Last week it was reported that one of the major US retailers JCPenney stopped support for Apple Pay. Was it dues to low usage in-store? No was the repose, it was to limit the damage from a wider payments industry issue in the US market.
However, the stoppage of Apple Pay, even if a temporary suspension, could harm Apple Pay in the US, slowing the momentum it has built over the last year or so, which marked a wider merchant network and healthier adoption.
Beyond the Apple Pay story, JCPenney’s decision to stop accepting all contactless payments coincided with the April 13 deadline to support EMV contactless chip functionality. As of this date, all terminals at US merchants locations that accept contactless payments must actively support EMV contactless chip functionality, and the legacy MSD (magnetic stripe data) contactless technology must be retired.
In a statement to TechCrunch, JCPenney noted that it wasn’t able to comply, so it instead switched off all contactless payment options, which included Apple Pay. The retailer also explained that swiping or inserting credit cards is still accepted, which is “an option employed by the vast majority of JCPenney shoppers,” which implies that Apple Pay wasn’t a popular payment method among its customers.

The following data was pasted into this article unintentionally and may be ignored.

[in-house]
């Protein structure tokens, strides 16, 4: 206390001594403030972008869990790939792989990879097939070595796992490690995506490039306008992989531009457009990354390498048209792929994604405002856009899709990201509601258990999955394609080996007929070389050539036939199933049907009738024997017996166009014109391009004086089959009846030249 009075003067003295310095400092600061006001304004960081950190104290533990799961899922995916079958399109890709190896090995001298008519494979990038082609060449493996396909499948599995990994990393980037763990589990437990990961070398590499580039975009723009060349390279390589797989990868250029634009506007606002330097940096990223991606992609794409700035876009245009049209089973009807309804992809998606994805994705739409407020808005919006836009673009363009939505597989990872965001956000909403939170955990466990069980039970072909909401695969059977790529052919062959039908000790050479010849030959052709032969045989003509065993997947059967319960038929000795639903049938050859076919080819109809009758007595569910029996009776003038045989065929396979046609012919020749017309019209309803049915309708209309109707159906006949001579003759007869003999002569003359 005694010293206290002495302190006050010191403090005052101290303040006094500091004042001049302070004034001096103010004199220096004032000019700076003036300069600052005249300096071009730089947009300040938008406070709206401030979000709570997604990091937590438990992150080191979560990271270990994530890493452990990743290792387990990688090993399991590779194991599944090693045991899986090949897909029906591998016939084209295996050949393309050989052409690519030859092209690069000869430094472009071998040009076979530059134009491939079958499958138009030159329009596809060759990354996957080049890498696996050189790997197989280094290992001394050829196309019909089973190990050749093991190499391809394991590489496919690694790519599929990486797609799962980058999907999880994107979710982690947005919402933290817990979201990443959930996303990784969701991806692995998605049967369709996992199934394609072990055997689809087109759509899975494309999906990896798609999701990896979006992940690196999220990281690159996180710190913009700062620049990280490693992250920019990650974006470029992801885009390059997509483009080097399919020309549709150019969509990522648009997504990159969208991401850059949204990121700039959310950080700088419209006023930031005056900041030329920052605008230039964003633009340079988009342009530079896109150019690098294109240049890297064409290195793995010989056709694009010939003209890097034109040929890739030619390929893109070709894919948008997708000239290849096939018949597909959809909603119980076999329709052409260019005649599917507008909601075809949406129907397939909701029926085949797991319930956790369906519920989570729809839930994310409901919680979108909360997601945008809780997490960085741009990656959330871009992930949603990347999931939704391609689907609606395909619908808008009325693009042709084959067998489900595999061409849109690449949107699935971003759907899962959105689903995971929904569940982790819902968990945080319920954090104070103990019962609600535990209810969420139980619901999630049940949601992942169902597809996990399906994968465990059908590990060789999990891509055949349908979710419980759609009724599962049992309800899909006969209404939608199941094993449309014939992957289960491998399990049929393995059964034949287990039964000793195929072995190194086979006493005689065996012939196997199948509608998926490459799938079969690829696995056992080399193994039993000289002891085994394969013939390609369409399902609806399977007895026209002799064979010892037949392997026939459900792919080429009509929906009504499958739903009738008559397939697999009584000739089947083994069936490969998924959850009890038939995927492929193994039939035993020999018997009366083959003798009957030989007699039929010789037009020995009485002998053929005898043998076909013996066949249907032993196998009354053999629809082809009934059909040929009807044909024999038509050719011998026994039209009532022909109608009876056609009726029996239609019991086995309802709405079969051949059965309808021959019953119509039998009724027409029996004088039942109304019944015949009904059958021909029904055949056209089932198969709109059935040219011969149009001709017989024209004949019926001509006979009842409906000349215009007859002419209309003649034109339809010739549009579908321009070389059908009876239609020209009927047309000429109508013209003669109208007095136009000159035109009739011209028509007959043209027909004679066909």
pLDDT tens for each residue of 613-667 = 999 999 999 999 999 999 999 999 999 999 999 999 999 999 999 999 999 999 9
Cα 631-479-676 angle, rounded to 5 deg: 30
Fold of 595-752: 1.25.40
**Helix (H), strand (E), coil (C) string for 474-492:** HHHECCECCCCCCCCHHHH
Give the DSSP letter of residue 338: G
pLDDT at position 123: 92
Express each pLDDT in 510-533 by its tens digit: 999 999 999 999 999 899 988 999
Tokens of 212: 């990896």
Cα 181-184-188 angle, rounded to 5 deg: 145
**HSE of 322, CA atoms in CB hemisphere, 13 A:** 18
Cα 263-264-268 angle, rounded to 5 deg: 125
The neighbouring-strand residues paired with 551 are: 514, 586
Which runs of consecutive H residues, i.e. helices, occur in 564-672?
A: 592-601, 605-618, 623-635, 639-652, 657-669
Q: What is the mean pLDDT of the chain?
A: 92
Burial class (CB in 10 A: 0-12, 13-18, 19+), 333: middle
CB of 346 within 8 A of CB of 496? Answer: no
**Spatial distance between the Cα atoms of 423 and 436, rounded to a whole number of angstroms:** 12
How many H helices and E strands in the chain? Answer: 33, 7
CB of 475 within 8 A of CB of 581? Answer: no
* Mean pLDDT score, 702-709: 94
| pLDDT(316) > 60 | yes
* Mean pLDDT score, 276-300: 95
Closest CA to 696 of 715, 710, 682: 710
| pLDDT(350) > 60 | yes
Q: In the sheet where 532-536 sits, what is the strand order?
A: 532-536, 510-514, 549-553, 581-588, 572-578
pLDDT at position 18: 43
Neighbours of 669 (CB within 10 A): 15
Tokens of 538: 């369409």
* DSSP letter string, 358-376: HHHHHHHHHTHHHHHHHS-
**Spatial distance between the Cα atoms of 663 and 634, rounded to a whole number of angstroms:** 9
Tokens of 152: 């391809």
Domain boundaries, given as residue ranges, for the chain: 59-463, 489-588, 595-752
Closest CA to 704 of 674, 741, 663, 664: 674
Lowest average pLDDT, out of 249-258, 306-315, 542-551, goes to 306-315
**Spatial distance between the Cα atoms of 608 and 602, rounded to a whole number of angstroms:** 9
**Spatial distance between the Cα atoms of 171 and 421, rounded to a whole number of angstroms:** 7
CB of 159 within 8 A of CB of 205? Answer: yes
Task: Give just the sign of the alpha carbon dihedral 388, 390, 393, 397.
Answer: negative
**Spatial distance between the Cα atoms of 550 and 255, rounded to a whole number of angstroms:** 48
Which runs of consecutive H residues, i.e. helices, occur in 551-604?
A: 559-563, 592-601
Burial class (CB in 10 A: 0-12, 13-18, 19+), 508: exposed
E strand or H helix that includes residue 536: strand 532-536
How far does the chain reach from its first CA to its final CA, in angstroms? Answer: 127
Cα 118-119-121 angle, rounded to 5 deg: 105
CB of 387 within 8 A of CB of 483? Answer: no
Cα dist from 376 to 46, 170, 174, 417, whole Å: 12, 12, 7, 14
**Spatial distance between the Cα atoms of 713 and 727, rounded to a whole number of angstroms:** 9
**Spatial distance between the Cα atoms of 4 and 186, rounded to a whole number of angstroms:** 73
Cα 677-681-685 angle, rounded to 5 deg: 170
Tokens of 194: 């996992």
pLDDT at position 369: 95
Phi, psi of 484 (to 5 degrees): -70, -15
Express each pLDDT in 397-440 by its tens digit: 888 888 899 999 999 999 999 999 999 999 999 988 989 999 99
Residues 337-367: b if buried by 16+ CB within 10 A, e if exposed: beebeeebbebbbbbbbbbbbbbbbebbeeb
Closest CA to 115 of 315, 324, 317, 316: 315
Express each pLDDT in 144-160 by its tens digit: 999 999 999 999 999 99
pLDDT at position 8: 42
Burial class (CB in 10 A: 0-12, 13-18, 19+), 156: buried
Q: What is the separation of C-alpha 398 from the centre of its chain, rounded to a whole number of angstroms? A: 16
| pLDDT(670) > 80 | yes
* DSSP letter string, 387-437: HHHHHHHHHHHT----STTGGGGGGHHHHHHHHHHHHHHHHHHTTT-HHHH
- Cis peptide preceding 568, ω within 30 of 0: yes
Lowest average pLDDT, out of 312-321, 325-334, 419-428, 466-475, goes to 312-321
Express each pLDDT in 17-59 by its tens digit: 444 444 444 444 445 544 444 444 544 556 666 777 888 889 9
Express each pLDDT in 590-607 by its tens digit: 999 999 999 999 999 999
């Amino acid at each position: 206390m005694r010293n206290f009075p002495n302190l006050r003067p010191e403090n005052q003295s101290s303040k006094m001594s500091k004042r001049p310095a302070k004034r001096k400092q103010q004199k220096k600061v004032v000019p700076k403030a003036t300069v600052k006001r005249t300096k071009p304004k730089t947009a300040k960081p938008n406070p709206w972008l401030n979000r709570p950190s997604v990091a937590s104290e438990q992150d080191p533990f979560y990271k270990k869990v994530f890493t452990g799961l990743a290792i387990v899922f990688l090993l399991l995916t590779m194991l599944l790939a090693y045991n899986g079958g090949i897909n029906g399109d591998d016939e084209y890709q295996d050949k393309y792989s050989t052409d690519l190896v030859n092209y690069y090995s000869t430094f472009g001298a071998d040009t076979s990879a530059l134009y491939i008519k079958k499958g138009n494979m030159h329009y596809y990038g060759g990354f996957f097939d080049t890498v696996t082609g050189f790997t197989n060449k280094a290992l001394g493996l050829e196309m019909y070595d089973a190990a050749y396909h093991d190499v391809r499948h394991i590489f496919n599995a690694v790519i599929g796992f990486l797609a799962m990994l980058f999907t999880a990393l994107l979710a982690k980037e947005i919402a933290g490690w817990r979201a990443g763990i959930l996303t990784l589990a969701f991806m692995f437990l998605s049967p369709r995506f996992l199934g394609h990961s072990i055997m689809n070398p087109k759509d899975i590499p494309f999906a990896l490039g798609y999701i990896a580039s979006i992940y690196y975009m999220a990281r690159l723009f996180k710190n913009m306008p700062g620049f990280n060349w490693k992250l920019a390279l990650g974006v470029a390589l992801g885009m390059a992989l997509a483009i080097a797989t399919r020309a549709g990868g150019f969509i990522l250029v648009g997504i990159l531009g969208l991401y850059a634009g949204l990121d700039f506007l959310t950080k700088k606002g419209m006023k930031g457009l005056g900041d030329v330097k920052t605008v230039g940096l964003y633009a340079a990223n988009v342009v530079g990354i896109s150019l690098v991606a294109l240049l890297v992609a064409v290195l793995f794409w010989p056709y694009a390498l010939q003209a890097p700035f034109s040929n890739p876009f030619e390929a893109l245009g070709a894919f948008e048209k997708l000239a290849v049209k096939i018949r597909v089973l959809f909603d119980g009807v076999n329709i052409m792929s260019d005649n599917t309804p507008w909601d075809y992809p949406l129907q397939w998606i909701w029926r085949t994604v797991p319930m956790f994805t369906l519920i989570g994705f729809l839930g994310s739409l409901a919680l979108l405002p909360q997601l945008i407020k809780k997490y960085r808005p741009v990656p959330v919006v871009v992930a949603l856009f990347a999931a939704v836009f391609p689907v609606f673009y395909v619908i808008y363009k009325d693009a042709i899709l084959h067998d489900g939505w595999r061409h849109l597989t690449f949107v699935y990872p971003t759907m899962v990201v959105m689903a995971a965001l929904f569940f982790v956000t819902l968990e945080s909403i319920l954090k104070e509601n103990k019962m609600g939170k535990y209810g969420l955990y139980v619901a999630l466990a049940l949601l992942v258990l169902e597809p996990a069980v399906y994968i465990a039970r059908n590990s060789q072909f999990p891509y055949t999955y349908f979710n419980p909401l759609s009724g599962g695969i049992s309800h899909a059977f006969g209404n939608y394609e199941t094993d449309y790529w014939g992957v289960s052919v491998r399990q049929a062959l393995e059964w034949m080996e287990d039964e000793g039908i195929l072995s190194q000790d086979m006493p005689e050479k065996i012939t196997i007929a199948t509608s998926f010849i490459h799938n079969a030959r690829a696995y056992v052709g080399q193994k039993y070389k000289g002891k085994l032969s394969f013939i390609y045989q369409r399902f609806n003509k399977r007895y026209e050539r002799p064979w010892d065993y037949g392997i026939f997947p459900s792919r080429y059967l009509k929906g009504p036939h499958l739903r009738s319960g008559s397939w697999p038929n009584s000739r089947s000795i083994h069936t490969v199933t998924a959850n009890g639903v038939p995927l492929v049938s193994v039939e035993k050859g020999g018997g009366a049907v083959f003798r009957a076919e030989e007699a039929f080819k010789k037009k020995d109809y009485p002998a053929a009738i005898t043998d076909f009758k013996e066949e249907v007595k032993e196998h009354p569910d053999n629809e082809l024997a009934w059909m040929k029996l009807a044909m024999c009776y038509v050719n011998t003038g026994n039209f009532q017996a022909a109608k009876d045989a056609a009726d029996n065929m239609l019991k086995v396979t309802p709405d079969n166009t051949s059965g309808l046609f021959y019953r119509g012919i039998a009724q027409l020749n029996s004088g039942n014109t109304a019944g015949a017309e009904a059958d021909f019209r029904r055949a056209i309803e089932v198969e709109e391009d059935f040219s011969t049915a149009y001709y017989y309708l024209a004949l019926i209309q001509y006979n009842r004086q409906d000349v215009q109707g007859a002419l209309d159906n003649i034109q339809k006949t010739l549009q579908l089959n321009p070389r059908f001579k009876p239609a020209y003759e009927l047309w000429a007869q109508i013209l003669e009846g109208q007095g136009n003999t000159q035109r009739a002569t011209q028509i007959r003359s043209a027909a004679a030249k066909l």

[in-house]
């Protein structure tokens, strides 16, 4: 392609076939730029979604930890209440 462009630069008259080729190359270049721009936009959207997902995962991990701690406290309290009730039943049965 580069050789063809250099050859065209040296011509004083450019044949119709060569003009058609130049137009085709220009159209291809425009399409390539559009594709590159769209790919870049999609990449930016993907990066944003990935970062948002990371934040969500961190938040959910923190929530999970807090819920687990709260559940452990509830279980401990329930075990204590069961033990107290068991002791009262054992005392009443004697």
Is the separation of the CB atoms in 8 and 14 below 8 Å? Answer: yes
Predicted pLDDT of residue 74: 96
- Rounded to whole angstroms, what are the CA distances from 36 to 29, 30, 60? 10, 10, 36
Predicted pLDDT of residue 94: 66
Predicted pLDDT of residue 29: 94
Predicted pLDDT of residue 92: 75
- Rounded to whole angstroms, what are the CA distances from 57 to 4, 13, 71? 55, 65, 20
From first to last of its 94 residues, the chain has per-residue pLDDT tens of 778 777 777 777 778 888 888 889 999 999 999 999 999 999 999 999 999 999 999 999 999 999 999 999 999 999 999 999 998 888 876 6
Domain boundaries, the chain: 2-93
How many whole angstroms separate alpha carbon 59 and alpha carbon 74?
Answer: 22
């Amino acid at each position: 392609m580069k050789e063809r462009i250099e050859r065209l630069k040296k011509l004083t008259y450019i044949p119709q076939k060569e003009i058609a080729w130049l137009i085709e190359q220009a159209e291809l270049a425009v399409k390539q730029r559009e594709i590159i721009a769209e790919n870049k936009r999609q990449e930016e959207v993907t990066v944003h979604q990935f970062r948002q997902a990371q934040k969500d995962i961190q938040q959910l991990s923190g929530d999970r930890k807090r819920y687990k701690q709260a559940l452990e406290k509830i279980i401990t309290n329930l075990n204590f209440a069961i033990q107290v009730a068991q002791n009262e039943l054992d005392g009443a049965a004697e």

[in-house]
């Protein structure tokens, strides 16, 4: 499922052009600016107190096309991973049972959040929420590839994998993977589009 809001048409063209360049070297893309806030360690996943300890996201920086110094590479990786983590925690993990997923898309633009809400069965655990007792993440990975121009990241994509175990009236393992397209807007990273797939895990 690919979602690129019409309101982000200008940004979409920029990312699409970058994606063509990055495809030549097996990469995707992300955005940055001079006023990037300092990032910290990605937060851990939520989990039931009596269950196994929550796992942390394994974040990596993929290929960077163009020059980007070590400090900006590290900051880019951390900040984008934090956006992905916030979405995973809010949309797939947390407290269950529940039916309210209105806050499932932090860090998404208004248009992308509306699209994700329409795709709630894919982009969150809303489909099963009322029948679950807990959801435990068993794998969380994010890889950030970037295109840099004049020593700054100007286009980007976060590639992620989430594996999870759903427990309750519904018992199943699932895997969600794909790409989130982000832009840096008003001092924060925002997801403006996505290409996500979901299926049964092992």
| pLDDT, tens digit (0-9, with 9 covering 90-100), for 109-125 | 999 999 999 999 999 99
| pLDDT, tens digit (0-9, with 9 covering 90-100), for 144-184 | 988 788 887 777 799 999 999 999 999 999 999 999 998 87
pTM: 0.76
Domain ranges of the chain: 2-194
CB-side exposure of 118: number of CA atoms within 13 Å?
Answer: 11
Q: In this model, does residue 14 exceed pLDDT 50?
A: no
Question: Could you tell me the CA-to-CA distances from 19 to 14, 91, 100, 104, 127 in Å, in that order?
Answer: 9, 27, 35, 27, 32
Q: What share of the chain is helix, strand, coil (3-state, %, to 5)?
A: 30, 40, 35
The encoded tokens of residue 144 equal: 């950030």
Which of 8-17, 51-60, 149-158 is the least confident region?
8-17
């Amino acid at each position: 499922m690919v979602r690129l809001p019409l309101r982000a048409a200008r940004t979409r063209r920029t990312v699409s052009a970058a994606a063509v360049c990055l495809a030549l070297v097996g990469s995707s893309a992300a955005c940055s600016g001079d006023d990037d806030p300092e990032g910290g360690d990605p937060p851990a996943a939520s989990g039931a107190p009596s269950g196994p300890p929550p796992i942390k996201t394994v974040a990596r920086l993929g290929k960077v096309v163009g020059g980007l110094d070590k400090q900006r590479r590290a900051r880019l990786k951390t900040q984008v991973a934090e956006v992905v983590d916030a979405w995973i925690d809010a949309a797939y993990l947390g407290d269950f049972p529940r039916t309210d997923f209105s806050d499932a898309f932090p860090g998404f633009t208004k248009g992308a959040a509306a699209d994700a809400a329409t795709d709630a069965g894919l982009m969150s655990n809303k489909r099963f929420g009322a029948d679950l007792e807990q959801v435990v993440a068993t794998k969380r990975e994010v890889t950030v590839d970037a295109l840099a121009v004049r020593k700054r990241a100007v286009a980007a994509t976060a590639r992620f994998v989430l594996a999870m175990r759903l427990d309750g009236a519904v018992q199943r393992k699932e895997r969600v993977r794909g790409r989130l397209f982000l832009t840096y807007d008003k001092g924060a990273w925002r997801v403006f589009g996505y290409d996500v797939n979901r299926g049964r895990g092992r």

The wider implication of this is of course that the large scale roll out of contactless cards in the US could be hindered by other retailers’ failure to comply with these regulations.
Major US issuers and networks including JPMorgan Chase, Mastercard, Visa, and Wells Fargo, have all been moving it on contactless over the last year. That mainstream issuance is positioning the payment method to take off in the US, where currently just 5% of cards are contactless-enabled.
But the migration to new EMV contactless standards could hinder the uptake of contactless payments if consumers have fewer places to spend them, as older contactless terminals will be disabled.
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